The company responsbile for deploying the National Broadband Network (NBN) across Australia has claimed it is ahead of schedule, according to at least one of its yearly targets.
NBN told Senate Estimates last night, prior to officially announcing its third quarter results on Friday, that its revenue had hit AU$111 million, representing a 55 percent jump year-on-year and AU$275 million until the end of Q3; premises deemed ready for service has passed 2 million, an increase of 109 percent year-on-year; premises activated had increased 132 percent year-on-year to 903,000; and average revenue per user rose by AU$3 to AU$43.
"The results show real progress, real momentum, we are going to hit our year-end numbers and exceed our year-end numbers. Each quarter we continue to do that which we are very, very proud of," NBN chief financial officer Stephen Rue said.
NBN CEO Bill Morrow was bullish on the company's end of year results.
"There's less than nine weeks to go before the end of the year, and we're very optimistic, barring any unforeseen circumstances that we will hit every target that we have been given," Morrow said.
On the issue of a job advertisement for an NBN copper assurance manager to work in Mumbai, which was posted on Twitter yesterday by Shadow Communications Minister Jason Clare, Morrow said the role was to keep an eye on the Indian outsourcing companies NBN is using.
"They are looking after a service that is being provided by a company called TCS [Tata Consultancy Services]," Morrow said. "They are looking after the contract servicing requirements that's expected from that company."
Morrow would not be drawn on how many employees TCS has dedicated to NBN.
NBN said it had taken the number of technology choice program customers from the three reported last month to four -- one of the customers being a strata that wished to run fibre to all dwellings in a block.
The company responded to a Question on Notice recently stating it had spent close to AU$1.5 billion on IT capital expenditure by the end of last year.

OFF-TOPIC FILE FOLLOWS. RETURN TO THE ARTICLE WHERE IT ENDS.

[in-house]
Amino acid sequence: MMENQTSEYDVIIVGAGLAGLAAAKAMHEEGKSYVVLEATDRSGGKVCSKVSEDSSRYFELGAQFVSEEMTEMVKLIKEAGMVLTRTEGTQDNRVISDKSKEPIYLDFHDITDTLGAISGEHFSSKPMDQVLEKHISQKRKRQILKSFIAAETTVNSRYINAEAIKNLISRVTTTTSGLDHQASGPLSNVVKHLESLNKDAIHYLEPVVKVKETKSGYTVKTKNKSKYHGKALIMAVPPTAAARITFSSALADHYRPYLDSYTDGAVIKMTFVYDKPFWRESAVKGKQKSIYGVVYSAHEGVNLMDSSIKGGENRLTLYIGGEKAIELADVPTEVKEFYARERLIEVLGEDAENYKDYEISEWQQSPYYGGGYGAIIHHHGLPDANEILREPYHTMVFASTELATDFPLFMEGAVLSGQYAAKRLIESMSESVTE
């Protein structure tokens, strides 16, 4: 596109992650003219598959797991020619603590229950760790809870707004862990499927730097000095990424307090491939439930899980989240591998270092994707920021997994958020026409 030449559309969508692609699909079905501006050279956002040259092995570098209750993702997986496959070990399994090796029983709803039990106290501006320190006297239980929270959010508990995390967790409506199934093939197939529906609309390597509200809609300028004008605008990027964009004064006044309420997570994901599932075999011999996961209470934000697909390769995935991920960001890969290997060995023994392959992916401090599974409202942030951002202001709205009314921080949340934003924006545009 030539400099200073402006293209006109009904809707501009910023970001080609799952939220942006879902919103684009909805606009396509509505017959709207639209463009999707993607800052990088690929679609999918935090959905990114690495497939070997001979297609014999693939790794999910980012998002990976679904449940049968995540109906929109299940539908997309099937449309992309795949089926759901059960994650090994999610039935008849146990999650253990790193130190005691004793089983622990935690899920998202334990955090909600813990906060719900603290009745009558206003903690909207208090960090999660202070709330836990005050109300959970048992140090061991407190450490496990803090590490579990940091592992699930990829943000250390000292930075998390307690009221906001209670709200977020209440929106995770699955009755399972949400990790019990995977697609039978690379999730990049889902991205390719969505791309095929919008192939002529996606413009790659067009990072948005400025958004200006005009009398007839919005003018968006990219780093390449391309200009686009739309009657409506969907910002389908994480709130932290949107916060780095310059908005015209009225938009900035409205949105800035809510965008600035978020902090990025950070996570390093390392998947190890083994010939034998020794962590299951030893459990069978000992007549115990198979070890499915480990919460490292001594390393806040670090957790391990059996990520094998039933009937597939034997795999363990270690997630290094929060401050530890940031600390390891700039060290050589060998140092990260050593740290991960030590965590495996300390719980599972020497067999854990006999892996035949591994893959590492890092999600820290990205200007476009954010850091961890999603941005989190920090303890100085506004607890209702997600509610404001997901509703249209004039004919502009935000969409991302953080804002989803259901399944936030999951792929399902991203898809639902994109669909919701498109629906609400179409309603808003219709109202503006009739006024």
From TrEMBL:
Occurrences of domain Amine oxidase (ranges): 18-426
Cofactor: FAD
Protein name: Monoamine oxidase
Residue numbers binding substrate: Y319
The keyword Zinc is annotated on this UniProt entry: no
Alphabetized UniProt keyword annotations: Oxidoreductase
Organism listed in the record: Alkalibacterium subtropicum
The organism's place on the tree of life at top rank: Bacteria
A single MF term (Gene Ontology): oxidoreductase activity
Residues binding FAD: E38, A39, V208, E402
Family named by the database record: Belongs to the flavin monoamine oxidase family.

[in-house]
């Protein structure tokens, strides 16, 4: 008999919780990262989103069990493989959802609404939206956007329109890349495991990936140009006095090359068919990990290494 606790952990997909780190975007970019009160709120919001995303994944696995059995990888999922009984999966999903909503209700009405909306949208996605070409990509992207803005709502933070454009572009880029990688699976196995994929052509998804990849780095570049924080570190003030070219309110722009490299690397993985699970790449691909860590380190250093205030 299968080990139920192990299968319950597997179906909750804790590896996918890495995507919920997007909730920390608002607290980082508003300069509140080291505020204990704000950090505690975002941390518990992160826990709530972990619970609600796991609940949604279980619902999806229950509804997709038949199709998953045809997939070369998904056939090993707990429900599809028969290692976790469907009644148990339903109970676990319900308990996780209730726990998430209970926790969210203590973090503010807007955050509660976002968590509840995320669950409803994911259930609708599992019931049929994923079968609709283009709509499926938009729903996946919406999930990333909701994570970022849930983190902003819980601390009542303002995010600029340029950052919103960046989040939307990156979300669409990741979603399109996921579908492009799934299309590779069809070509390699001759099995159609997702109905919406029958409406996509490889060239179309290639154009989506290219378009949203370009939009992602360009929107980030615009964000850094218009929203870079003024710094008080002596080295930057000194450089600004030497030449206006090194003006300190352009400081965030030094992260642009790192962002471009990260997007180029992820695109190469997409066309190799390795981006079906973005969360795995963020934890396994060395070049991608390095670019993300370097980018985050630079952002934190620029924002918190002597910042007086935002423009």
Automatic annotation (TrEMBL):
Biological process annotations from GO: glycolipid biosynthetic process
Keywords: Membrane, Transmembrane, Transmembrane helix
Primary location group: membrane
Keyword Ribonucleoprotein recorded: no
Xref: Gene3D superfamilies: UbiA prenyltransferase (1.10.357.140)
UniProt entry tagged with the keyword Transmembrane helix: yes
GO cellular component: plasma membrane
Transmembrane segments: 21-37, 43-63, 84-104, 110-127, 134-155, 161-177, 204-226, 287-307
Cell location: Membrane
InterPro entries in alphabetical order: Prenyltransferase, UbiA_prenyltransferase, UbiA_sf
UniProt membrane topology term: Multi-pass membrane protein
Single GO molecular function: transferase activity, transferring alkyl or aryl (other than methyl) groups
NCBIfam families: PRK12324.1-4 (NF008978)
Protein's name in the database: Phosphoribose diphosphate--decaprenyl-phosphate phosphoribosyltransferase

Morrow conceded last night that even if fibre-to-the-distribution-point (FttDP) were available to be deployed today, the company would hold back on making the product available due to additional work needed on its IT system to integrate FttDP.
Touching on concerns that Australia had fallen in the Akamai speed rankings recently, Morrow said NBN was not to blame, as NBN customers only made up 10 percent of the sample for Australia.
The company appeared to lower the cost on a AU$29 million pledge made by Labor last month to hook a number of towns on the west coast of Tasmania up with a "fibre link".
"The estimated cost, which is between AU$15-20 million to build fibre out in those areas, that also have the reliably necessary to keep the service up and working when faults do occur," Morrow said
As we understand it, people are very optimistic about finding a solution, and as a result of that, we have suspended the satellite service in that area, with the hopes that people will be able to come forward with the money so we can in fact build out [the network]."
In its announcement, Labor did not detail whether this "fibre link" would entail a fibre-to-the-premises (FttP), fibre-to-the-node (FttN), fibre-to-the-basement (FttB), or FttDP network.
Similarly in his Budget reply speech on Thursday night, Labor leader Bill Shorten did not state the model for NBN that Labor would use in government, and only committed his party to a "first-rate, fibre, National Broadband Network".